September 2010

We went to a corn maze for the first time ever last weekend.  When you consider that I lived in places like Indiana and Nebraska, I guess it’s a little surprising that I’ve never been to a corn maze before.  Then again, a corn maze in Nebraska would probably take weeks to escape. 

I lead the college and career group at our church, so we met up with them right around dusk on Saturday night at a corn maze near our house.  This is a suburban area and the maze was on a relatively small property (around six or seven acres).  I drive past this maze just about every day and frequently wonder how the field could be big enough for a maze.

We paid the person at the entrance and she gave us a map and an explanation.  I always wonder why people feel compelled to explain a map.  I mean… it’s a map.  You figure out where you are, where you want to go, and connect the dots.

It was a perfect night for a corn maze.  A massive orange moon hung low on the horizon just above the cornstalks.  It looked like a giant pumpkin in the sky.  Being a guy, I pocketed the map and ventured into the maze.  How difficult could it be?  After a series of dead ends and a making a couple of circles, I thought it was time to consult the map.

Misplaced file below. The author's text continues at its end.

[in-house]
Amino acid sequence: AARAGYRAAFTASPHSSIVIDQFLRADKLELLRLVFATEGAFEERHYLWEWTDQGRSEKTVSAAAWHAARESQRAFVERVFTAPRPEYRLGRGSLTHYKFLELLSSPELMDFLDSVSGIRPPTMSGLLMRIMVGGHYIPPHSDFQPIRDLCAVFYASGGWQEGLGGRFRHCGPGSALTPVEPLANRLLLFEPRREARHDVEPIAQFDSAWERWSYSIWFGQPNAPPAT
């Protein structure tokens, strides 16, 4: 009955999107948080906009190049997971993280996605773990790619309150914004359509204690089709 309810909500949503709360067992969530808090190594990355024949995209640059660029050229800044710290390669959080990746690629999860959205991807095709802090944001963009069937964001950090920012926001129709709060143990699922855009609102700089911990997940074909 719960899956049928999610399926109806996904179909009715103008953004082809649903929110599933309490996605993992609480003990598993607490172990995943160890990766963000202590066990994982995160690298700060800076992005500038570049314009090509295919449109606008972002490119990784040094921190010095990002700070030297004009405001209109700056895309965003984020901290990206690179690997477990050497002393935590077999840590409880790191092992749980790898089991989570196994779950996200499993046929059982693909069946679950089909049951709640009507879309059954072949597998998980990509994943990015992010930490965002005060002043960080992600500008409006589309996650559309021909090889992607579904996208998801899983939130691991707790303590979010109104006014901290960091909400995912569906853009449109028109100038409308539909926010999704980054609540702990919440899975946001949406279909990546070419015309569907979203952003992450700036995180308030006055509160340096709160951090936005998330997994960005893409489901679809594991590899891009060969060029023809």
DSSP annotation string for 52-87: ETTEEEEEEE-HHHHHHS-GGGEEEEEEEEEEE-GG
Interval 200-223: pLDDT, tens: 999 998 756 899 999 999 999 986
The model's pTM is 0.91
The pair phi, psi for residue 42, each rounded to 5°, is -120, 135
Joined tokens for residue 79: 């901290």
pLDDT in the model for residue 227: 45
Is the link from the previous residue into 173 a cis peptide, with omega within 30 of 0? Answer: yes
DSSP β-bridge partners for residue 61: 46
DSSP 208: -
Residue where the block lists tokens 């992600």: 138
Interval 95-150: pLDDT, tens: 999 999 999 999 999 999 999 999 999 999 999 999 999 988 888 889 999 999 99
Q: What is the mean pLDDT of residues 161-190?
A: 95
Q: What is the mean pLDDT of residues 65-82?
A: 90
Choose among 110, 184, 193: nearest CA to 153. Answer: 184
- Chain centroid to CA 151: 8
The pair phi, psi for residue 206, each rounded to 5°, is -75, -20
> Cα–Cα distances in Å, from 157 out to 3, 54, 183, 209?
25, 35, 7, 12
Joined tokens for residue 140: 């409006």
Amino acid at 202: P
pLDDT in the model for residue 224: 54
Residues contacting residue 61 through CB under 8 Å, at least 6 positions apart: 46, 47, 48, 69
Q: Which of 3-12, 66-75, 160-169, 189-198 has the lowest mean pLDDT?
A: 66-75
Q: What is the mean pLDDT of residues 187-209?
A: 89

There was one problem.  Since I wasn’t paying attention to where we were going previously, I had no idea where we were on the map.  That’s when it occurred to me that you can know where you want to go and you can have a map on how to get there, but if you don’t know where you are, you’re still lost.

How many people are in the exact same situation in their careers, in their relationships, or concerning their finances?  We know where we want to be and there seems to be an endless supply of maps out there, but if we don’t take the time figure out where we are, we’ll just be stuck in a maze.

We eventually made it out of the maze (after about an hour), and interestingly I lead two other groups out as well.  When we know where we are, where we want to go, and understand how to get there, people tend to follow.


We had a very busy weekend.  Last weekend was between Amelia’s and Olivia’s birthdays, so we had our families in to celebrate.  We also had three soccer games in as many days.  I’m playing catchup on my grad school assignments and haven’t had time to write a new posting, so I’m reposting an oldie but goodie from two years ago.  This was the posting I put up after our first trip to the hospital when we though we were going to meet Amelia for the first time.  She ended up sleeping in a couple of more days, but I thought this was appropriate since she just had a birthday.